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Lieut-Colonel George Henderson (1783-1855)
1837 Lieut-Colonel George Henderson, late of the Royal Engineers and residing at Wandsworth, became a member of the Institution of Civil Engineers.
1856 Obituary 
LIEUTENANT COLONEL GEORGE HENDERSON, R.E., son of the late Captain Henderson of the 4th Royals, was born on the 4th of June 1783, at Newton, his Father’s property, on the banks of the nee, Aberdeenshire.
At an early age, he obtained his commission at Woolwich, and joined the Corps of Royal Engineers at Portsmouth, as Second Lieutenant, in March 1800. He became First Lieutenant in April 1801, and, two years afterwards, proceeded to Ceylon, where he remained on duty for a period of nine years, and whence he returned in August 1812, with the rank of Captain.
In September, he vas ordered to join the army, then operating in the Peninsula, and signalised himself at the siege and fall of St. Sebastian, on which occasion his services received well-merited and honourable mention in the despatches of the Commander-in-Chief.
He was also present at the battles of the Nive, Nivelle, and Orthes, for which he received a medal with two clasps, having previously obtained a gold medal for his services at St. Sebastian.
At the close of the Peninsular war, he returned in September 1814, to assume a military command in Ireland, where he remained for a year and a half.
On his marriage, he was stationed for three years in Canada, and he finally returned to his native country, in August 1819. He attained the rank of Lieutenant- Colonel, on the 30th of December 1824, and retired from the service, on the 9th of April 1825. He was on intimate terms with most of the past and many of the present officers of his Corps, among whom may be mentioned General Sir John Burgoyne, Lieutenant-Generals Sir Harry Jones, Ellicombe, and Fanshawe, Major-General Sir William Reid, and General Sir C. TV. Pasley, by whom he was introduced to the Institution of Civil Engineers, which he joined as an Associate, in May 1837.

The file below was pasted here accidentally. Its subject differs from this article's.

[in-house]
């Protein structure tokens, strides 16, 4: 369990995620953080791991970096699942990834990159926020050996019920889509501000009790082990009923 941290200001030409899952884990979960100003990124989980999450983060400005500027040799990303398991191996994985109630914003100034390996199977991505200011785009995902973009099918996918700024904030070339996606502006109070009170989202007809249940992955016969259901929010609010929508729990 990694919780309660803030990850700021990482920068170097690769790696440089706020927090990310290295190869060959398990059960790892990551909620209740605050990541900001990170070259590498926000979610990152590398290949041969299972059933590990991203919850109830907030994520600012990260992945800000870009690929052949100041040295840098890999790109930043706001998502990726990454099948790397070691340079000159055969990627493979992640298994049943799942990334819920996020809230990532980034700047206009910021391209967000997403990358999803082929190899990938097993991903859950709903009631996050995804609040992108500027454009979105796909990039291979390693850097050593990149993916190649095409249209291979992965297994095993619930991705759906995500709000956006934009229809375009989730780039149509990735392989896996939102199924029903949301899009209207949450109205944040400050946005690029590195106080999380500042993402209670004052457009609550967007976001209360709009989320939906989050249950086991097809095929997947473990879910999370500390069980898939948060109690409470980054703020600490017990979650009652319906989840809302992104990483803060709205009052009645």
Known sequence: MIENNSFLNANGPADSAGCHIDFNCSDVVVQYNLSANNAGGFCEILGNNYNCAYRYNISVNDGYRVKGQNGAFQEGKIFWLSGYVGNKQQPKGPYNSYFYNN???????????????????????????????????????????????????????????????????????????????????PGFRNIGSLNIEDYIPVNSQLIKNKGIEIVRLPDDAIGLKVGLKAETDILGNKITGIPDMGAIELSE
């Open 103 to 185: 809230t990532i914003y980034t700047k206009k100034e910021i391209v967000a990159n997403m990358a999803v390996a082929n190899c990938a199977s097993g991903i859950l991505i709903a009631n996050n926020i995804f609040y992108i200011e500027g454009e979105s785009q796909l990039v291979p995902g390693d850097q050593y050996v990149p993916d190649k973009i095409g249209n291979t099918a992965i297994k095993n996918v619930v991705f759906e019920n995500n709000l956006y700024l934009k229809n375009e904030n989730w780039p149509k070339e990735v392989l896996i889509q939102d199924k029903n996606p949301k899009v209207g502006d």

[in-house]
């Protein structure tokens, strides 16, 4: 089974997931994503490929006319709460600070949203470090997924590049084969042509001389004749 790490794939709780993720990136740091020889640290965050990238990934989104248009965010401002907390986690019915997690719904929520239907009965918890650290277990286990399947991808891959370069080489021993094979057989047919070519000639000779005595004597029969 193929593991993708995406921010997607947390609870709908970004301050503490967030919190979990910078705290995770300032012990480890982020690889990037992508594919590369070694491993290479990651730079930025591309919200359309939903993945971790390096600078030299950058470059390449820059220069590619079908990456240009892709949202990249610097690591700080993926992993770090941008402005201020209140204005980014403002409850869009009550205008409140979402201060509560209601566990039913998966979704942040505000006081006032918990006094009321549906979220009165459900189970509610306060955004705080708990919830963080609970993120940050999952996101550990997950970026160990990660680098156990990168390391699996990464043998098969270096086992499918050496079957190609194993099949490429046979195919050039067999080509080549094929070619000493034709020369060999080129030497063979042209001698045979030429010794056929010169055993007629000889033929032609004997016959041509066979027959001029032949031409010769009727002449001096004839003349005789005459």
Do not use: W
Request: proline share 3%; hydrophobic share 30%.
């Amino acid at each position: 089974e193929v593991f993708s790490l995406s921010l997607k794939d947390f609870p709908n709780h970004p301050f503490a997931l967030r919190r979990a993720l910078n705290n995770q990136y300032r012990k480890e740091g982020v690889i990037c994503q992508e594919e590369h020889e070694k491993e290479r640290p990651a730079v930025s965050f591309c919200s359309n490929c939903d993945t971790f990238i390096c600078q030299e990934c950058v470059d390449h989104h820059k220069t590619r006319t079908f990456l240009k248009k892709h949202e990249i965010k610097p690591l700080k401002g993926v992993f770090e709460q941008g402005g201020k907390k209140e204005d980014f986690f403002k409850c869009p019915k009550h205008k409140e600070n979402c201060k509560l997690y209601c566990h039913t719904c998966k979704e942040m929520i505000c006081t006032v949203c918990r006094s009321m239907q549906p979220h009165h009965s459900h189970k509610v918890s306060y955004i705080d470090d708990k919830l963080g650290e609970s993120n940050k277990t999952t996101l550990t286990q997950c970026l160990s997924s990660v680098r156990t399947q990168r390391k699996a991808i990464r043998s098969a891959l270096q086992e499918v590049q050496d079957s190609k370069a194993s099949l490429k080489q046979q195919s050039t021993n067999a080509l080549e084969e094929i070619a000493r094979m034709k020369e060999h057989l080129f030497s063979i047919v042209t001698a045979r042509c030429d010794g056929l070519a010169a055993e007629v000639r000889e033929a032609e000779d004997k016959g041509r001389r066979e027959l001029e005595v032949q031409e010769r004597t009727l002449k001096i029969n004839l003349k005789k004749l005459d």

In 1830, he devoted himself to the arduous task of forming the London and South-Western Railway Company and was connected with that line, first, as General Superintendent, and subsequently, as Direct,or, from its commencement until his decease, which took place at Southampton, on the 21st of April 1855, when he had nearly completed his seventy-second year.
His loss was lamented by a 1arge circle of friends, as well as by his family, which had long appreciated in him, a fond and affectionate parent. The estimation in which he was held by his fellow-townsmen, may be gathered from the following paragraph. which appeared in one of the Hampshire journals, immediately after his death :-
'Colonel Henderson was long resident in Southampton, and was generally respected by all classes. His conscientious discharge of the various duties connected with several directions, which he was attached to, was well known to all with whom he wa- s connected. Indeed, we believe it will be some time, before Southampton will find a successor, possessing the many qualifications of talent, energy, perseverance, and urbanity of manner, which the deceased gentleman combined in his person. The Colonel was of Conservative politics, but was alike respected by men of all shades of opinion in Southampton.'